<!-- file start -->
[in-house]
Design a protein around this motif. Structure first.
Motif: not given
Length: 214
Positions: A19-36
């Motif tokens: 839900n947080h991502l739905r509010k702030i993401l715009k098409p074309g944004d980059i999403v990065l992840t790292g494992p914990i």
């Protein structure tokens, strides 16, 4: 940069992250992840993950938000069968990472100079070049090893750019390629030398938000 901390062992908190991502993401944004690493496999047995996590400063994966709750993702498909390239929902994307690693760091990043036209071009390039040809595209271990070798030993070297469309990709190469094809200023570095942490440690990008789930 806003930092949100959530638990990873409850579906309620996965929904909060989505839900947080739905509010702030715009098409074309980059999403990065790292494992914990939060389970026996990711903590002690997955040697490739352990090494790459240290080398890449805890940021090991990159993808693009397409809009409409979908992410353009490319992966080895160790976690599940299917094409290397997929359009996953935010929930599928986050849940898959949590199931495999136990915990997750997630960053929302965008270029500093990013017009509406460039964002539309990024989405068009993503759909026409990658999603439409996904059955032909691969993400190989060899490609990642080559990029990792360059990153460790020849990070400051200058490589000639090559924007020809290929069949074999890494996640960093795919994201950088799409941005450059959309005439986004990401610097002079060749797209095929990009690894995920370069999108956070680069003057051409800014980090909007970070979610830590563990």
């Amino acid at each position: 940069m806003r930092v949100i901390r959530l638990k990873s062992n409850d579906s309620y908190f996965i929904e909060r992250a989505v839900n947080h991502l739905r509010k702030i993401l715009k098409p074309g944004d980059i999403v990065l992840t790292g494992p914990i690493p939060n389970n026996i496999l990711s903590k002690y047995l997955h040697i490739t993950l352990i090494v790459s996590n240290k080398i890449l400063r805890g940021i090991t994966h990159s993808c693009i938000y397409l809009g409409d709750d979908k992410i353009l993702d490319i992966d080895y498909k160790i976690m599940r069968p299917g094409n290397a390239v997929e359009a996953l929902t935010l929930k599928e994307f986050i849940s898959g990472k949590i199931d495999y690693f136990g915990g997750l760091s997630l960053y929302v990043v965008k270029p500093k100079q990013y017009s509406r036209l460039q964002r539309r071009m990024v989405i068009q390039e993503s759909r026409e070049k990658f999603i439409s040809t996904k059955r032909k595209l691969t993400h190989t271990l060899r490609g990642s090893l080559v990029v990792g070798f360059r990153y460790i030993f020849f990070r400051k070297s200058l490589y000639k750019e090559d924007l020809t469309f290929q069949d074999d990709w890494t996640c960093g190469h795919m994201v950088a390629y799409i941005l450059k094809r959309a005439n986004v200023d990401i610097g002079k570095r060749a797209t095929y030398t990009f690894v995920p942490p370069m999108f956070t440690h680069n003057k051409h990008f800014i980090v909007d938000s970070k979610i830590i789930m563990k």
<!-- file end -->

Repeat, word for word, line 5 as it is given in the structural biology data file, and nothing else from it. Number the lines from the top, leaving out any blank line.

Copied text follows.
Positions: A19-36